Saturday, June 7, 2014

Right to City

After years of dilly dallying I am finally inaugurating my blog. I am an Urban Designer and an Architect. Actually more of an Urban Designer than an Architect; which means  that as much as I appreciate buildings and the spaces inside them, I choose to occupy myself with the life in spaces that lie between them. 

While studying urban design, I came across this term ‘Right to city’. A term coined by a philosopher and sociologist called Henry Lefebvre in 1968. While after its conception, the term has gained a lot of meanings and interpretations and is still one of the most intriguing topics for people like me.
So , what is ‘Right to City’?  A right to live in a city, to work in city, to use its spaces, to breathe its air??? What is it exactly? We, as I see it, it is all of these.  All of these, without being charged for it, as in addition to the taxes that we pay. I stay in a place called the ‘Millennium City’ which also goes by the name of Gurgaon.  Gurgaon is a city which has excelled in the practice of levying a price for everything. It is a city where public infrastructure ceases to exist. Most of it has been developed as sparse ‘townships’ which are constructed and maintained (atleast in theory) by various private developers. This doesn’t mean that people buying these properties do not have to pay a property tax, electricity charges etc to the government agencies. They have to pay this in addition to a premium to the developer if they want to have parks, reliable water/electricity connection or a false sense of security.  So essentially, everyone pays a double charge for every facility to avail just the bare minimum necessities of the modern age.  This, when you can afford to pay the price of these ‘luxuries’. What do you do if you can’t afford it? 

Like all other cities, Gurgaon has its fair share of underprivileged population, mainly comprising of migrant laborers, maids, servants and others working in the informal sector. With no low cost housing, these people are forced to stay in squatter settlements the conditions of which are miserable to say the least. The concept of public spaces in Gurgaon is the air conditioned shopping malls, multiplexes or the markets setup by the private developers. So you pay again if you want to use any of these spaces. And of course, the owners have the right to admission, which means that all these spaces are forbidden to anyone who just by the looks of it can seem to pay for these. So in essence, if you can’t pay for it, you don’t have the right to use any of the basic necessities despite being honest law abiding citizens.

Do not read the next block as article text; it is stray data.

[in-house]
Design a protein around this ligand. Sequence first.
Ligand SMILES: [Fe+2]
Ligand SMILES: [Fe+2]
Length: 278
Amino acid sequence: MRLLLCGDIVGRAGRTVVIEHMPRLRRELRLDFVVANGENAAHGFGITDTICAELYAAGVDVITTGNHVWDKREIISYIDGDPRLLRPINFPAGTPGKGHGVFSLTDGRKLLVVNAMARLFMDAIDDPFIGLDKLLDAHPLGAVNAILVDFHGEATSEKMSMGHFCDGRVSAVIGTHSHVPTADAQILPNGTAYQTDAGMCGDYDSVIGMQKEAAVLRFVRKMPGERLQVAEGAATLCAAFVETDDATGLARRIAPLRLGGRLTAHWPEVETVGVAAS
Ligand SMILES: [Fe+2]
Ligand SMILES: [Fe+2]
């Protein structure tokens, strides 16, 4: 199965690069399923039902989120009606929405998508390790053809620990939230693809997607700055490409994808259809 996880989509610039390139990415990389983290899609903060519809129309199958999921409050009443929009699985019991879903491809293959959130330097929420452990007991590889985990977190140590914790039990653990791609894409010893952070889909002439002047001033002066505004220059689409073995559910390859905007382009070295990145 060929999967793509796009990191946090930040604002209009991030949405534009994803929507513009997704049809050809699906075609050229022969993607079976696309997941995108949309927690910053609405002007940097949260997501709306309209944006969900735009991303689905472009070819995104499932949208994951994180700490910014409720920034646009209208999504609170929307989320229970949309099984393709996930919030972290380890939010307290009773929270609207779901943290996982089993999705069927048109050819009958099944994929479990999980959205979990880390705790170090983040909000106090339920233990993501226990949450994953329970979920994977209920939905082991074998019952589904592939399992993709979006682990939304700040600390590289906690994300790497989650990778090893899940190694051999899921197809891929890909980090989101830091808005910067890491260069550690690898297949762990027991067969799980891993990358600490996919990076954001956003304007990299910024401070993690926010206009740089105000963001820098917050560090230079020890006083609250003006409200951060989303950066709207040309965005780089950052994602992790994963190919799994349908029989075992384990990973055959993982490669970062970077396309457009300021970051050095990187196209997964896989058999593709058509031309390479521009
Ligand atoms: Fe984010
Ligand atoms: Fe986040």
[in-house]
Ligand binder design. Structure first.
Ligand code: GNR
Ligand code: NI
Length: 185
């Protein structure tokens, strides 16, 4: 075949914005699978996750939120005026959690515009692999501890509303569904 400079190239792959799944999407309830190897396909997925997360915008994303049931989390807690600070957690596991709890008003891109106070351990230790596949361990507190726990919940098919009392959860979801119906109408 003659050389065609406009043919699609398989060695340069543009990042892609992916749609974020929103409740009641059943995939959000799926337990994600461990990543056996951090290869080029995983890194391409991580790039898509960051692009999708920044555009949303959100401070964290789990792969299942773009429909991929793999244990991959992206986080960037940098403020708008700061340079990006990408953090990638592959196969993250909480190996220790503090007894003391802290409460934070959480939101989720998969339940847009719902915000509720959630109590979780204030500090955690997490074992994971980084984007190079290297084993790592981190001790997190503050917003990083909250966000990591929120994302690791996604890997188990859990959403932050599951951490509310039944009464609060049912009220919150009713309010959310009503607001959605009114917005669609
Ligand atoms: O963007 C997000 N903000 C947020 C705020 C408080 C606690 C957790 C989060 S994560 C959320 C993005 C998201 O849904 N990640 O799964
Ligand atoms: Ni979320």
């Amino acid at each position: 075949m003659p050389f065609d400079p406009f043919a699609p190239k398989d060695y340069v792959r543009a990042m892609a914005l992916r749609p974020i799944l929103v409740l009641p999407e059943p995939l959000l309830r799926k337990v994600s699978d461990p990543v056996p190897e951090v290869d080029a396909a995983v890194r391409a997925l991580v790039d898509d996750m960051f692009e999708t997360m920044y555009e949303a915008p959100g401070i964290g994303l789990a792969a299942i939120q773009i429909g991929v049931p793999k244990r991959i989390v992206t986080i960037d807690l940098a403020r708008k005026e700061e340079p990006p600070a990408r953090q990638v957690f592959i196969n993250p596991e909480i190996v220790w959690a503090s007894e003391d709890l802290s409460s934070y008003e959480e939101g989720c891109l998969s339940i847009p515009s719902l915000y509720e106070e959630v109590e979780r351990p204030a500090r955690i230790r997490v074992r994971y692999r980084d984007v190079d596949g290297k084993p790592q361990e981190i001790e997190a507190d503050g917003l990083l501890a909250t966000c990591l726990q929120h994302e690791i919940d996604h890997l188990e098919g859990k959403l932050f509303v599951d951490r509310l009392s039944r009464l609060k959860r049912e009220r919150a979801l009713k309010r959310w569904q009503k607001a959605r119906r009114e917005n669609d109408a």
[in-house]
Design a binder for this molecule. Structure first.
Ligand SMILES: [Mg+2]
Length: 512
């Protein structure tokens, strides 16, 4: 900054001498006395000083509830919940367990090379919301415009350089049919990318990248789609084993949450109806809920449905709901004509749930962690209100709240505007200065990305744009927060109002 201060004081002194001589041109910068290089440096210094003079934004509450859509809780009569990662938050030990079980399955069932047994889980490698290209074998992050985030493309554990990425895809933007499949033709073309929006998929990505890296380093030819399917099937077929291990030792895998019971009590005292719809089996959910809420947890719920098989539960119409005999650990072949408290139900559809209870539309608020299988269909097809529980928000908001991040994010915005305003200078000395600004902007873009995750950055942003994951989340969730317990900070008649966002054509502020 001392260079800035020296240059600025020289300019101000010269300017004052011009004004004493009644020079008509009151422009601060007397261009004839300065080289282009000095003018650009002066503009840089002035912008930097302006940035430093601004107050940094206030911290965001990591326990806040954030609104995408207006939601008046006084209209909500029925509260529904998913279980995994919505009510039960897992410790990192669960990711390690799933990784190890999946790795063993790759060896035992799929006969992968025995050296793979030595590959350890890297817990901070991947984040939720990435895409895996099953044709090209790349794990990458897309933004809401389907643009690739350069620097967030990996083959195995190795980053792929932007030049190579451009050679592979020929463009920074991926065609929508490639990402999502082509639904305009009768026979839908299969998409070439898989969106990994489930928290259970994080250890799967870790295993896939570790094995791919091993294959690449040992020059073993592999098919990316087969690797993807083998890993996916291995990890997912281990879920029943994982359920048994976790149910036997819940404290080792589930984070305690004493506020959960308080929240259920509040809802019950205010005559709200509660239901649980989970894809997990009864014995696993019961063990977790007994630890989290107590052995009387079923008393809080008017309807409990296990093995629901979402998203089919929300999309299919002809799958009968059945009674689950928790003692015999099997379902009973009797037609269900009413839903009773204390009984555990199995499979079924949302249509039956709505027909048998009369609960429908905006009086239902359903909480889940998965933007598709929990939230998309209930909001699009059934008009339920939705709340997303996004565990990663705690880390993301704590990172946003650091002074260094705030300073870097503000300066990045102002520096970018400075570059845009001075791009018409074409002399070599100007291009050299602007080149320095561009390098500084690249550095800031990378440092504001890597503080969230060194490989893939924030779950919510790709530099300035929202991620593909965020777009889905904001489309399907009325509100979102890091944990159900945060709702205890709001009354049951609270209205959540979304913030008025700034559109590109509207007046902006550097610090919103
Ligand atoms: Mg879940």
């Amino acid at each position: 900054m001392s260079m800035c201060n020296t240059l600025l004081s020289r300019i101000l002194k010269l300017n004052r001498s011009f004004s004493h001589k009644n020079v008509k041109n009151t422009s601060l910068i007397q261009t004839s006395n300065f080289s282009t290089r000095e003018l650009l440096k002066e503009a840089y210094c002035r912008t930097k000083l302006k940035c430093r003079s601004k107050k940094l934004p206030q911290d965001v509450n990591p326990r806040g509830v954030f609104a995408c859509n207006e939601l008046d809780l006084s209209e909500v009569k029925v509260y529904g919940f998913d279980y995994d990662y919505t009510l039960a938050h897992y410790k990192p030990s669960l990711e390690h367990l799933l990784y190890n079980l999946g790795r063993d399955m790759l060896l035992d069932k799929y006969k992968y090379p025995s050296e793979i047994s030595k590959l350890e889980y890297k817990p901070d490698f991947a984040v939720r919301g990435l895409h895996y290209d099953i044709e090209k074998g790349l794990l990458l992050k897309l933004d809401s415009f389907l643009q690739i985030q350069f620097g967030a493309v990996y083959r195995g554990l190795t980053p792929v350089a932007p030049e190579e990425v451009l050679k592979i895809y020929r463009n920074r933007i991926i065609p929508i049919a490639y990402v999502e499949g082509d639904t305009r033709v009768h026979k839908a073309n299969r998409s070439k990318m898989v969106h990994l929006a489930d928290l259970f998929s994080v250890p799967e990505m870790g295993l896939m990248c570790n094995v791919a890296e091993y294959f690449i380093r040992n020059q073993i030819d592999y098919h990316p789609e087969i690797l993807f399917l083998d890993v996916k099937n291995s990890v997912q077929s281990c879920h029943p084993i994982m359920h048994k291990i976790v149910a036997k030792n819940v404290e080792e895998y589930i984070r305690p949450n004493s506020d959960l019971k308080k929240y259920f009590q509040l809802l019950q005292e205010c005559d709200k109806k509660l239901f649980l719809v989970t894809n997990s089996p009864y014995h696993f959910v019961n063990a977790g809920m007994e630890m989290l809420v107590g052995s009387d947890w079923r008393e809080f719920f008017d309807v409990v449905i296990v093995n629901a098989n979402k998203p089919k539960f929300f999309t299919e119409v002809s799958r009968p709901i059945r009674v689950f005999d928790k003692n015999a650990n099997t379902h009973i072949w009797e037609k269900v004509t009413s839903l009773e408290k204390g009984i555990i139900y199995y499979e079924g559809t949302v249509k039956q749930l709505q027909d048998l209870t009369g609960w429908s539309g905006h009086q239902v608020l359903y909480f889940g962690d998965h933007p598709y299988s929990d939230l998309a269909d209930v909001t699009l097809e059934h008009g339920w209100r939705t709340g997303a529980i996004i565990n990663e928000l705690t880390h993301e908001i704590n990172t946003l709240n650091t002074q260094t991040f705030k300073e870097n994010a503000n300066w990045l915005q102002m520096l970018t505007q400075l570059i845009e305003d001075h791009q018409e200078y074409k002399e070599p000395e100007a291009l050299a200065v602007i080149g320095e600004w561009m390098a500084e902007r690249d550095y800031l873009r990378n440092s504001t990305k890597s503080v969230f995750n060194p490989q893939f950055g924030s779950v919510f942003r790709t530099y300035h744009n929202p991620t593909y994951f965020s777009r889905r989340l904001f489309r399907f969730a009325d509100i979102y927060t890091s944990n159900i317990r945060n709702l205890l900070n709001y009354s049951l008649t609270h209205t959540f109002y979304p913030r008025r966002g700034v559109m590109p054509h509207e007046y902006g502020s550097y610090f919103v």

What is this if not an extremely perverse attitude towards development? This is a city where people don’t like to brush shoulders with anyone not belonging to their economic status. Where there might easily be the highest number of SUV’s per capita in the country but no sidewalks for pedestrians, where there are more air conditioned malls than what people can shop for but not even a handful of decent public parks open to all. And is it really a surprise that people don’t feel safe out of their gated fortresses, that women are harassed every single day and the public  infrastructure (whatever there is) is in shambles?

I can’t recall a single great city across the world where public spaces are not accessible to all the people irrespective of their financially status, race or religion. All the best cities in the world cherish their streets, plazas, parks and all the other public spaces. When more people are walking on the streets, when streets are not lined up with dead walls and when there are more eyes on the street, they become much safer. The safest cities in the world are not just because of better police, it is because there is more passive surveillance by the people present in the public domain. Where people cherish the public domain they strive to maintain it and protect it from antisocial elements. There is a sense of pride in being a citizen of such cities. 

Winston Churchill correctly quoted "We shape our buildings; thereafter they shape us.”; which is equally true for our cities. Cities are not frozen in time. They are a reflection of our idiosyncrasies, our beliefs and our aspirations. And all this is reflected through our public spaces. Every citizen of India is guaranteed six fundamental rights, (i) right to equality, (ii) right to freedom, (iii) right against exploitation, (iv)  right to freedom of religion, (v) cultural and educational rights, and (vi) right to constitutional remedies. I say this is high time that we add a seventh right, ‘ The Right to City

1 comment:

ithinkthereforeiam said...

I like the way you contextualize your opinion, quoting references from thinkers from all spheres rather than otherwise.